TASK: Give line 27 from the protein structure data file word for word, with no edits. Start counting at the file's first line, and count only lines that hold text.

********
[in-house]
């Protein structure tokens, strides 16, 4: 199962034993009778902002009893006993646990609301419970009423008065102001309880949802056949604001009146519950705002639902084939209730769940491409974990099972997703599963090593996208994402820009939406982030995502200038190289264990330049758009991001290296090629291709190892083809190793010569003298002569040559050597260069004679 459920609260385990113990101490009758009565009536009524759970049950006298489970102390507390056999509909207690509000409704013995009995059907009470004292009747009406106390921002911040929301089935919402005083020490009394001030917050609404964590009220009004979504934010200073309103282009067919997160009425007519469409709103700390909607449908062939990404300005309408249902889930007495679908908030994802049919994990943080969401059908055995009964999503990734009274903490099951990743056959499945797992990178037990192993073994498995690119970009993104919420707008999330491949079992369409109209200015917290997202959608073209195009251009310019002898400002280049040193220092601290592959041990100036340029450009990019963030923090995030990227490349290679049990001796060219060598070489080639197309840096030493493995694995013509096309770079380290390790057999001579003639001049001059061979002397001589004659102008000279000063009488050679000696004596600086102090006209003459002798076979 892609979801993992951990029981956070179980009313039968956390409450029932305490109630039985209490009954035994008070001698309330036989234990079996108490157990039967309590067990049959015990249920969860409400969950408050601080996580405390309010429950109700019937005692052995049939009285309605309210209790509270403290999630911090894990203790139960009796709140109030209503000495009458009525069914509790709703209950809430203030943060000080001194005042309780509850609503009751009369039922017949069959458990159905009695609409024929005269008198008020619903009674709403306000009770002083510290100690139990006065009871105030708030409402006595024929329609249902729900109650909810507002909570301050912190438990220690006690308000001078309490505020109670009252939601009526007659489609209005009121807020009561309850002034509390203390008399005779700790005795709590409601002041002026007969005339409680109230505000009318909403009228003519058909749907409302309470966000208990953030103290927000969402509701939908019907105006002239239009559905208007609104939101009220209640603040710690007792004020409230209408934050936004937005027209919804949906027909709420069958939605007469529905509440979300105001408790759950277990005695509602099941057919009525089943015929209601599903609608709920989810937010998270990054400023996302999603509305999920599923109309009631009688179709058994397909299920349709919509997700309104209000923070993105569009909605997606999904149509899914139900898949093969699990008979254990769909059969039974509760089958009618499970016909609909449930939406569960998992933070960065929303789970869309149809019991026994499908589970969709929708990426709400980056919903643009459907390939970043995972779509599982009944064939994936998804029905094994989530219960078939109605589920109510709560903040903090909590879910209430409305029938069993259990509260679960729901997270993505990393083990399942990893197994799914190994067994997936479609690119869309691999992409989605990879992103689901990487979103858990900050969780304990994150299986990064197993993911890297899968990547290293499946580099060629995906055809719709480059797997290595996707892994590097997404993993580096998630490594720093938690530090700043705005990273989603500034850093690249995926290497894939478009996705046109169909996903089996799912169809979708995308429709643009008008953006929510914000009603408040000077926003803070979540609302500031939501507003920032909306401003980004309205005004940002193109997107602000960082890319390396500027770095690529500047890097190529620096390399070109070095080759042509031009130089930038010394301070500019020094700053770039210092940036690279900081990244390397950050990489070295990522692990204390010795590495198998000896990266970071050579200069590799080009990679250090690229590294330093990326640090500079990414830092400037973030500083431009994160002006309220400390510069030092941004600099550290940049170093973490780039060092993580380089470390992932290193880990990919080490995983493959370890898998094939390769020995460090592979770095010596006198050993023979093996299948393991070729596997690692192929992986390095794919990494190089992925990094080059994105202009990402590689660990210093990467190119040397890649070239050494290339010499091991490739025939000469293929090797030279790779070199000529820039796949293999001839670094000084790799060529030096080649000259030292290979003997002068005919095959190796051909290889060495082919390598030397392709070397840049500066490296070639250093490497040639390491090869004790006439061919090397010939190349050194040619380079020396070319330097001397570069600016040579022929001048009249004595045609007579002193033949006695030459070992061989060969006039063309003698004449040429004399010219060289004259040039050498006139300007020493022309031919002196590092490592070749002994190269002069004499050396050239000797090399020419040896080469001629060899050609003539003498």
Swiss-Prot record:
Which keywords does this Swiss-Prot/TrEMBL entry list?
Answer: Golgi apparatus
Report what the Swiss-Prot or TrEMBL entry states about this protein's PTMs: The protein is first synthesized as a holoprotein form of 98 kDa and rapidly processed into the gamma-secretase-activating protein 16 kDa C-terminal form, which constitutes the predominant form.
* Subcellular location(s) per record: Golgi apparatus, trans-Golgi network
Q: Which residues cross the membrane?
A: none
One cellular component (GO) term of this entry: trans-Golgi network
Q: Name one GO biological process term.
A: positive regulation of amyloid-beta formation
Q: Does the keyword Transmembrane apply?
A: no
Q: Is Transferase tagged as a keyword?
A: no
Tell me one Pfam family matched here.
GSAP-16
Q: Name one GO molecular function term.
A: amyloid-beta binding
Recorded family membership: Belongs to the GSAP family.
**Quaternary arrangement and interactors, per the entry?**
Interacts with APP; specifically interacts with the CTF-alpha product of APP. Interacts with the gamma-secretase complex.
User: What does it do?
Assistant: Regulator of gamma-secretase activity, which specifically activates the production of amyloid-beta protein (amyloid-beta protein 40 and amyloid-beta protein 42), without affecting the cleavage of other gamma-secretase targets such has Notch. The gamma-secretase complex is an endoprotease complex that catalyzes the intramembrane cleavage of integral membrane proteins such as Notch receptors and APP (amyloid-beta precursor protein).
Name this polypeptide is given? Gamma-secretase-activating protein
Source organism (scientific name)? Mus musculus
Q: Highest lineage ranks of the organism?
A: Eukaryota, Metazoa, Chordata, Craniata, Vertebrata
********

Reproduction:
Source organism (scientific name)? Mus musculus